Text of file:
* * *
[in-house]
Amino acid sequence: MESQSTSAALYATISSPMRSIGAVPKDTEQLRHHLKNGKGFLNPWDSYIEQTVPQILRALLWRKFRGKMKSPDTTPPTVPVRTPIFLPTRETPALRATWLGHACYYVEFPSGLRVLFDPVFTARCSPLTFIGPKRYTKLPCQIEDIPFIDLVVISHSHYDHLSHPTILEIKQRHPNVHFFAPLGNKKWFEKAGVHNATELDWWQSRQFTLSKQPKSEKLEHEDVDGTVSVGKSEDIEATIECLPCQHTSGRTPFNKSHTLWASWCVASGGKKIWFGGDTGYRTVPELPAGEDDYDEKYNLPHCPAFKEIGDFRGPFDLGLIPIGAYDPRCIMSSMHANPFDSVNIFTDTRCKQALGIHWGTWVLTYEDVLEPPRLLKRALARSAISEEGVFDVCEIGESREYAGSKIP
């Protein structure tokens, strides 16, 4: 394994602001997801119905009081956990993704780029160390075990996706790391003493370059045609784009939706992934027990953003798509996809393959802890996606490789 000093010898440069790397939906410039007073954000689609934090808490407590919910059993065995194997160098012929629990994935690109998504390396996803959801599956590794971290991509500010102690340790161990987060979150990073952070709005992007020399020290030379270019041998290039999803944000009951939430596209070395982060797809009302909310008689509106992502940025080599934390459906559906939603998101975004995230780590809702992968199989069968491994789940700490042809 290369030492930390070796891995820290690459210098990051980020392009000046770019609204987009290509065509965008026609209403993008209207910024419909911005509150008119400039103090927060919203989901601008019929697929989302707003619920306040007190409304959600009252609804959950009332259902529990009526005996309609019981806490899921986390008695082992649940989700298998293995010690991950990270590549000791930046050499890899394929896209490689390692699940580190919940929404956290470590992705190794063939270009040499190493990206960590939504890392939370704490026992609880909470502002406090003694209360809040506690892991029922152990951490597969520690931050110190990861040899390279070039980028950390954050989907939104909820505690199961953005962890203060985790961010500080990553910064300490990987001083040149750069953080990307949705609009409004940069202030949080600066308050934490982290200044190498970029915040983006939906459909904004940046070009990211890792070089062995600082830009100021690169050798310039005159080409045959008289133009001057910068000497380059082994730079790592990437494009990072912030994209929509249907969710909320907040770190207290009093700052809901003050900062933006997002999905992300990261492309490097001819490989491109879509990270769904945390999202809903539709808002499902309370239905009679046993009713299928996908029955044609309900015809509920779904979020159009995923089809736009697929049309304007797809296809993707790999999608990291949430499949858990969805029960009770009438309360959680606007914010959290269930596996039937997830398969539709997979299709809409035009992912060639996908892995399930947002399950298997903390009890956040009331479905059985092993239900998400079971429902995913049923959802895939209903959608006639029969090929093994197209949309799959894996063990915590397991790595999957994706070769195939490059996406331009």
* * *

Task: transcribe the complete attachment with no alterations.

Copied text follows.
[in-house]
Amino acid sequence: MESQSTSAALYATISSPMRSIGAVPKDTEQLRHHLKNGKGFLNPWDSYIEQTVPQILRALLWRKFRGKMKSPDTTPPTVPVRTPIFLPTRETPALRATWLGHACYYVEFPSGLRVLFDPVFTARCSPLTFIGPKRYTKLPCQIEDIPFIDLVVISHSHYDHLSHPTILEIKQRHPNVHFFAPLGNKKWFEKAGVHNATELDWWQSRQFTLSKQPKSEKLEHEDVDGTVSVGKSEDIEATIECLPCQHTSGRTPFNKSHTLWASWCVASGGKKIWFGGDTGYRTVPELPAGEDDYDEKYNLPHCPAFKEIGDFRGPFDLGLIPIGAYDPRCIMSSMHANPFDSVNIFTDTRCKQALGIHWGTWVLTYEDVLEPPRLLKRALARSAISEEGVFDVCEIGESREYAGSKIP
């Protein structure tokens, strides 16, 4: 394994602001997801119905009081956990993704780029160390075990996706790391003493370059045609784009939706992934027990953003798509996809393959802890996606490789 000093010898440069790397939906410039007073954000689609934090808490407590919910059993065995194997160098012929629990994935690109998504390396996803959801599956590794971290991509500010102690340790161990987060979150990073952070709005992007020399020290030379270019041998290039999803944000009951939430596209070395982060797809009302909310008689509106992502940025080599934390459906559906939603998101975004995230780590809702992968199989069968491994789940700490042809 290369030492930390070796891995820290690459210098990051980020392009000046770019609204987009290509065509965008026609209403993008209207910024419909911005509150008119400039103090927060919203989901601008019929697929989302707003619920306040007190409304959600009252609804959950009332259902529990009526005996309609019981806490899921986390008695082992649940989700298998293995010690991950990270590549000791930046050499890899394929896209490689390692699940580190919940929404956290470590992705190794063939270009040499190493990206960590939504890392939370704490026992609880909470502002406090003694209360809040506690892991029922152990951490597969520690931050110190990861040899390279070039980028950390954050989907939104909820505690199961953005962890203060985790961010500080990553910064300490990987001083040149750069953080990307949705609009409004940069202030949080600066308050934490982290200044190498970029915040983006939906459909904004940046070009990211890792070089062995600082830009100021690169050798310039005159080409045959008289133009001057910068000497380059082994730079790592990437494009990072912030994209929509249907969710909320907040770190207290009093700052809901003050900062933006997002999905992300990261492309490097001819490989491109879509990270769904945390999202809903539709808002499902309370239905009679046993009713299928996908029955044609309900015809509920779904979020159009995923089809736009697929049309304007797809296809993707790999999608990291949430499949858990969805029960009770009438309360959680606007914010959290269930596996039937997830398969539709997979299709809409035009992912060639996908892995399930947002399950298997903390009890956040009331479905059985092993239900998400079971429902995913049923959802895939209903959608006639029969090929093994197209949309799959894996063990915590397991790595999957994706070769195939490059996406331009």